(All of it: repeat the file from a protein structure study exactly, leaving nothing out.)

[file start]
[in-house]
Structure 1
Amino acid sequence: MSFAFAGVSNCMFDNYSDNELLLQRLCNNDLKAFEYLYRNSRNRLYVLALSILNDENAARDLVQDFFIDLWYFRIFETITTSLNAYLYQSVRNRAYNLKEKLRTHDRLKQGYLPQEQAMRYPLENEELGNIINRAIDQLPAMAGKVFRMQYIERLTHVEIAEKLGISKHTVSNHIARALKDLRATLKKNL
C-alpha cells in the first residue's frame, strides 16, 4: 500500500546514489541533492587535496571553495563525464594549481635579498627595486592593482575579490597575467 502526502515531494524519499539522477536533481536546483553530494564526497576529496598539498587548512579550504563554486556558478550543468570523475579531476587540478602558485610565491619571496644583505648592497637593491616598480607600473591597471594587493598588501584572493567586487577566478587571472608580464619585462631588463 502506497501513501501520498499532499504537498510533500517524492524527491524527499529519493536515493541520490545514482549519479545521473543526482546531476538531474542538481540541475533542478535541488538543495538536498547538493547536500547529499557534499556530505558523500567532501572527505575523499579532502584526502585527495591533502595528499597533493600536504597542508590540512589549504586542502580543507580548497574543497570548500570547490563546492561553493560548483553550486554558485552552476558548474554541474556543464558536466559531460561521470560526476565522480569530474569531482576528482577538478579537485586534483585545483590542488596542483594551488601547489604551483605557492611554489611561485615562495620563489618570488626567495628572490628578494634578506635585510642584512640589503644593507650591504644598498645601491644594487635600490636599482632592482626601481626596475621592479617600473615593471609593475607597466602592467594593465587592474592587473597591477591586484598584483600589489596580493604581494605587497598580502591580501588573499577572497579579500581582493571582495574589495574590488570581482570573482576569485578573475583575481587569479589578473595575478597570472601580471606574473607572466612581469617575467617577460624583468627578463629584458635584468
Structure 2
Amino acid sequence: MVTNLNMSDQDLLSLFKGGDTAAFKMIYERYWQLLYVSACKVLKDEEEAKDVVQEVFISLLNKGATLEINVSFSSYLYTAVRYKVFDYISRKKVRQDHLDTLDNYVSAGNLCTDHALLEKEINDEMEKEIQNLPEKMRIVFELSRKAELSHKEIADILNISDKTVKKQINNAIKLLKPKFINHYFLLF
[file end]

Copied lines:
[in-house]
Structure 1
Amino acid sequence: MSFAFAGVSNCMFDNYSDNELLLQRLCNNDLKAFEYLYRNSRNRLYVLALSILNDENAARDLVQDFFIDLWYFRIFETITTSLNAYLYQSVRNRAYNLKEKLRTHDRLKQGYLPQEQAMRYPLENEELGNIINRAIDQLPAMAGKVFRMQYIERLTHVEIAEKLGISKHTVSNHIARALKDLRATLKKNL
C-alpha cells in the first residue's frame, strides 16, 4: 500500500546514489541533492587535496571553495563525464594549481635579498627595486592593482575579490597575467 502526502515531494524519499539522477536533481536546483553530494564526497576529496598539498587548512579550504563554486556558478550543468570523475579531476587540478602558485610565491619571496644583505648592497637593491616598480607600473591597471594587493598588501584572493567586487577566478587571472608580464619585462631588463 502506497501513501501520498499532499504537498510533500517524492524527491524527499529519493536515493541520490545514482549519479545521473543526482546531476538531474542538481540541475533542478535541488538543495538536498547538493547536500547529499557534499556530505558523500567532501572527505575523499579532502584526502585527495591533502595528499597533493600536504597542508590540512589549504586542502580543507580548497574543497570548500570547490563546492561553493560548483553550486554558485552552476558548474554541474556543464558536466559531460561521470560526476565522480569530474569531482576528482577538478579537485586534483585545483590542488596542483594551488601547489604551483605557492611554489611561485615562495620563489618570488626567495628572490628578494634578506635585510642584512640589503644593507650591504644598498645601491644594487635600490636599482632592482626601481626596475621592479617600473615593471609593475607597466602592467594593465587592474592587473597591477591586484598584483600589489596580493604581494605587497598580502591580501588573499577572497579579500581582493571582495574589495574590488570581482570573482576569485578573475583575481587569479589578473595575478597570472601580471606574473607572466612581469617575467617577460624583468627578463629584458635584468
Structure 2
Amino acid sequence: MVTNLNMSDQDLLSLFKGGDTAAFKMIYERYWQLLYVSACKVLKDEEEAKDVVQEVFISLLNKGATLEINVSFSSYLYTAVRYKVFDYISRKKVRQDHLDTLDNYVSAGNLCTDHALLEKEINDEMEKEIQNLPEKMRIVFELSRKAELSHKEIADILNISDKTVKKQINNAIKLLKPKFINHYFLLF